The Society for Social Work and Research

2014 Annual Conference

January 15-19, 2014 I Grand Hyatt San Antonio I San Antonio, TX

Can a Depression Fotonovela Reduce Stigma Among Latino Adults With Limited English Proficiency?

Friday, January 17, 2014
HBG Convention Center, Bridge Hall Street Level (San Antonio, TX)
* noted as presenting author
Hans Young Oh, MSW, Doctoral Student, Columbia University, New York, NY
Leopoldo J. Cabassa, PhD, Assistant Professor, Columbia University, New York, NY
Objectives. Many Latino adults with limited English proficiency fail to seek help for depression due to stigma, lack of knowledge, and misconceptions about depression treatments.  Culturally- adapted depression literacy tools, such as fotonovelas, can help address these barriers to care. Fotonovelas are popular health education tools that portray a soap opera narrative using a comic -book layout with posed photographs and simple language to engage and educate audiences about health issues. In this study, we examined the impact that a depression fotonovela, “Seceret Feelings,” had in increasing depression knowledge and reducing stigma among Latino adults.

Methods. We recruited a convenience sample of 136 Latinos from three community adult schools in Los Angeles. Participants were randomly assigned to receive either the fotonovela or a depression brochure and assessed before reading the material (pre), immediately after worth (post) and one month later (follow-up).  Knowledge of depression symptoms was assessed through correct identification of DSM-IV depression symptoms. An adapted version of the Depression-Literacy Questionnaire was used to measure depression treatment knowledge.  Several instruments were used to measure stigma: the Latino Scale for Antidepressant Stigma, the Stigma Concerns about Mental Health Care scale, and indicators of dangerousness (e.g., people with depression are dangerous) and social distance (e.g., would you work with someone who received depression treatment?). Means and frequencies were calculated for all variables. Chi-squared tests and mixed design ANOVA were used to test changes within and between the fotonovela and depression brochure over time.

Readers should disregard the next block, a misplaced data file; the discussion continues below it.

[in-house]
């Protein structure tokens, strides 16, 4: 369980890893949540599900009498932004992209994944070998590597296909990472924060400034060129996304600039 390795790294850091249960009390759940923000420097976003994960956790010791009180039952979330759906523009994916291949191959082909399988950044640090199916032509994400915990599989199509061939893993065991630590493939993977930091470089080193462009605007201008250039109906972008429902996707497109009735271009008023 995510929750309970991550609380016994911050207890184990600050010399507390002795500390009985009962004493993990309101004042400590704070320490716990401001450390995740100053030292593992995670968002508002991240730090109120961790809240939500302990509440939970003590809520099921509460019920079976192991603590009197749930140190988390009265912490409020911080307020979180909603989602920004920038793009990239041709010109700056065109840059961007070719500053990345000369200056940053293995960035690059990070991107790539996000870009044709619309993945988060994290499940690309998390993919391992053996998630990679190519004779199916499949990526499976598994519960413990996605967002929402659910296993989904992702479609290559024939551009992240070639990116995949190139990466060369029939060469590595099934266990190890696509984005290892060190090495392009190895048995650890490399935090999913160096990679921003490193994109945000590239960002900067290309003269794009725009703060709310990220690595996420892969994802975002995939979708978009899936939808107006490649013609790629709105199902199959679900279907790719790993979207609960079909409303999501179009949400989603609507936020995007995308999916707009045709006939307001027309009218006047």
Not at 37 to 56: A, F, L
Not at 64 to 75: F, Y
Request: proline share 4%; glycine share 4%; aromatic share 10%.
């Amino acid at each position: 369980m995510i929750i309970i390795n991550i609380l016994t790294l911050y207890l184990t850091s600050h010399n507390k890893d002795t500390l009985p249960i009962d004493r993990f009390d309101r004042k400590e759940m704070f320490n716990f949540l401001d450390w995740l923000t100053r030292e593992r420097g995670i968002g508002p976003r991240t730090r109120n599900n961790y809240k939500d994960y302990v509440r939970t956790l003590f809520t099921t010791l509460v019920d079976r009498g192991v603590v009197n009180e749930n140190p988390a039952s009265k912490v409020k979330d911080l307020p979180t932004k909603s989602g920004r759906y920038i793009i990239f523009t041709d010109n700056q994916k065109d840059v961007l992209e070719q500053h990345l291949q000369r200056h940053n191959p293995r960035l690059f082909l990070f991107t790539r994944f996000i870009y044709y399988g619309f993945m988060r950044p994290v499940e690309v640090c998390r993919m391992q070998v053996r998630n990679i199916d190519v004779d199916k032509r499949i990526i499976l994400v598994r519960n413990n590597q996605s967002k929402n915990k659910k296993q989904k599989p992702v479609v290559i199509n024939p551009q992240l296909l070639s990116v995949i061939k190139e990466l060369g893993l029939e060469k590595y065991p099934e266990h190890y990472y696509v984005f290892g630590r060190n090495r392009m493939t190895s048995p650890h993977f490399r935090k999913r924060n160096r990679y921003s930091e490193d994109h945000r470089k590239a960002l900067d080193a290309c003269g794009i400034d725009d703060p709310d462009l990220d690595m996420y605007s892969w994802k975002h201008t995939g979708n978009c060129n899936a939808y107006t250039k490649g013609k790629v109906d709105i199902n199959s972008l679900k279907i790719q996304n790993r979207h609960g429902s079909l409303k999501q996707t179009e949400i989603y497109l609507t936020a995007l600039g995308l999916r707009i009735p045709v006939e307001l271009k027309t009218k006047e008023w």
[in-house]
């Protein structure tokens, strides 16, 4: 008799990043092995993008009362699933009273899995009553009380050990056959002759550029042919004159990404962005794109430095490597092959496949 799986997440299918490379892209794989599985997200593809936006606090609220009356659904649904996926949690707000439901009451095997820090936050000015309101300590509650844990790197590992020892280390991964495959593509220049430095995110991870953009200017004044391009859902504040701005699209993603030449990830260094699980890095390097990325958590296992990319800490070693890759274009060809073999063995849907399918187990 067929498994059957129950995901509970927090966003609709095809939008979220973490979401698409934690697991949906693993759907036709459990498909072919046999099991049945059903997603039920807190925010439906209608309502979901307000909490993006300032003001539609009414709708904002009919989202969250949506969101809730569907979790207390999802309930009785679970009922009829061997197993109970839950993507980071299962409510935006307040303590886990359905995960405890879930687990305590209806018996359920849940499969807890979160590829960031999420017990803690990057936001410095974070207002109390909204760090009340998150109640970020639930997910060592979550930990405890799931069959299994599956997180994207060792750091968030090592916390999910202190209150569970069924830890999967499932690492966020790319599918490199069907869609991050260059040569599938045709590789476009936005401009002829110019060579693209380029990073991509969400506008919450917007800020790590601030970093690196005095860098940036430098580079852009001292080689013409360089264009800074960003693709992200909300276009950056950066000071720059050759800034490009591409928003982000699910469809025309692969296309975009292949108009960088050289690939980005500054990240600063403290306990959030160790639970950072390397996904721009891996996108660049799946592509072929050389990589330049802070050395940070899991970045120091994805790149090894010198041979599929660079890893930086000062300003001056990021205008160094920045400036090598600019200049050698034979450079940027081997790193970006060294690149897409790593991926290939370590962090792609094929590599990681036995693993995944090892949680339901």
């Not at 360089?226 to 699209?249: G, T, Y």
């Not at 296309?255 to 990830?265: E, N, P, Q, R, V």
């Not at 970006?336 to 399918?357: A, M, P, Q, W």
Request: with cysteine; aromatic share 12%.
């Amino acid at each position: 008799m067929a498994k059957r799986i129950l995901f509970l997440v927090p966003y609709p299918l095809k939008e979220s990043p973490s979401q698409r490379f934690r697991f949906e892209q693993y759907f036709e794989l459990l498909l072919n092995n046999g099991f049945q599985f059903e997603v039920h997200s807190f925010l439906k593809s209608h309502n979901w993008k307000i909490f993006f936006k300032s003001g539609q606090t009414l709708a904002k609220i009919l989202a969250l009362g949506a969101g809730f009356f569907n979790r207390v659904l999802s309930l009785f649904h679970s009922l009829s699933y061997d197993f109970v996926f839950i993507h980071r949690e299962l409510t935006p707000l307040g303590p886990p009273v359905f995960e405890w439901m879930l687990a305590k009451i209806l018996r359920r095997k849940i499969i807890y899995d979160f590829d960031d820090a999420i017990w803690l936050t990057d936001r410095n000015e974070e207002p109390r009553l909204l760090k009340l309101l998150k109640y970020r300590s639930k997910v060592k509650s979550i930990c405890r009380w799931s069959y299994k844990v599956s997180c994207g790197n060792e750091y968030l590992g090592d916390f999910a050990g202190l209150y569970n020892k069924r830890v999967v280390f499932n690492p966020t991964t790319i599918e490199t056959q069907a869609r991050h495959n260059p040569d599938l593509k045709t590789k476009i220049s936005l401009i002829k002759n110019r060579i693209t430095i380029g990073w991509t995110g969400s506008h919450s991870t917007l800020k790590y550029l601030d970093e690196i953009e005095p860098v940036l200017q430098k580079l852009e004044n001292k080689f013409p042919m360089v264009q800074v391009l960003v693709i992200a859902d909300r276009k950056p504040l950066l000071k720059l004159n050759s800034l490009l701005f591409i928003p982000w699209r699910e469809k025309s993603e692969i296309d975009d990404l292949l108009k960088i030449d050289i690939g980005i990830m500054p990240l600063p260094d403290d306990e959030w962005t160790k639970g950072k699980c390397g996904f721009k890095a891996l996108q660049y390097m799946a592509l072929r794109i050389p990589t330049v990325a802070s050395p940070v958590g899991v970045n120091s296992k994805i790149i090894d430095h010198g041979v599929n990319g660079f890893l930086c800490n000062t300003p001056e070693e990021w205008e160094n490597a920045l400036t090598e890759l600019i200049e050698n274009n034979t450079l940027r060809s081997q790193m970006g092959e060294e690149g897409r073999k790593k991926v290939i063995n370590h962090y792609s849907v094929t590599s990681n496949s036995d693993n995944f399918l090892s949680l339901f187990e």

Results. Nearly half of participants were female (48%). Most were born outside the US (84 %), spoke only or mostly Spanish at home (66 %), and had less than a high school education (63 %).  At baseline, there were no significant differences between the fotonovela or depression brochure groups on the depression knowledge and stigma measures.  No significant differences in symptom knowledge were detected within or between groups across time. Both groups reported significant increases in depression treatment knowledge from baseline to post-test and persisted at the 1-month follow-up for both groups. This treatment knowledge gain was significantly larger in the fotonovela compared to the depression brochure group at posttest and follow-up.  Antidepressant stigma decreased significantly in the fotonovela group at posttest, but remained constant in the depression brochure group.  At follow-up, the change in the fotonovela group regressed toward its baseline level.  Mental health care stigma decreased significantly at post-test in the fotonovela group and continued to decrease at follow-up, while no significant changes over time were reported for the depression brochure group. Perceptions of dangerousness decreased for both groups at post-test and was significantly lower for the fotonovela group at follow-up compared to the depression brochure. No significant differences in social distance were detected within or between groups across time.

 Conclusions. Compared to a depression brochure, our fotonovela produced significantly greater gains in treatment knowledge and larger reductions in stigma. “Secret Feelings” appears to be a promising depression literacy tool to increase depression treatment knowledge and reduce stigma among Latino adults with limited English proficiency.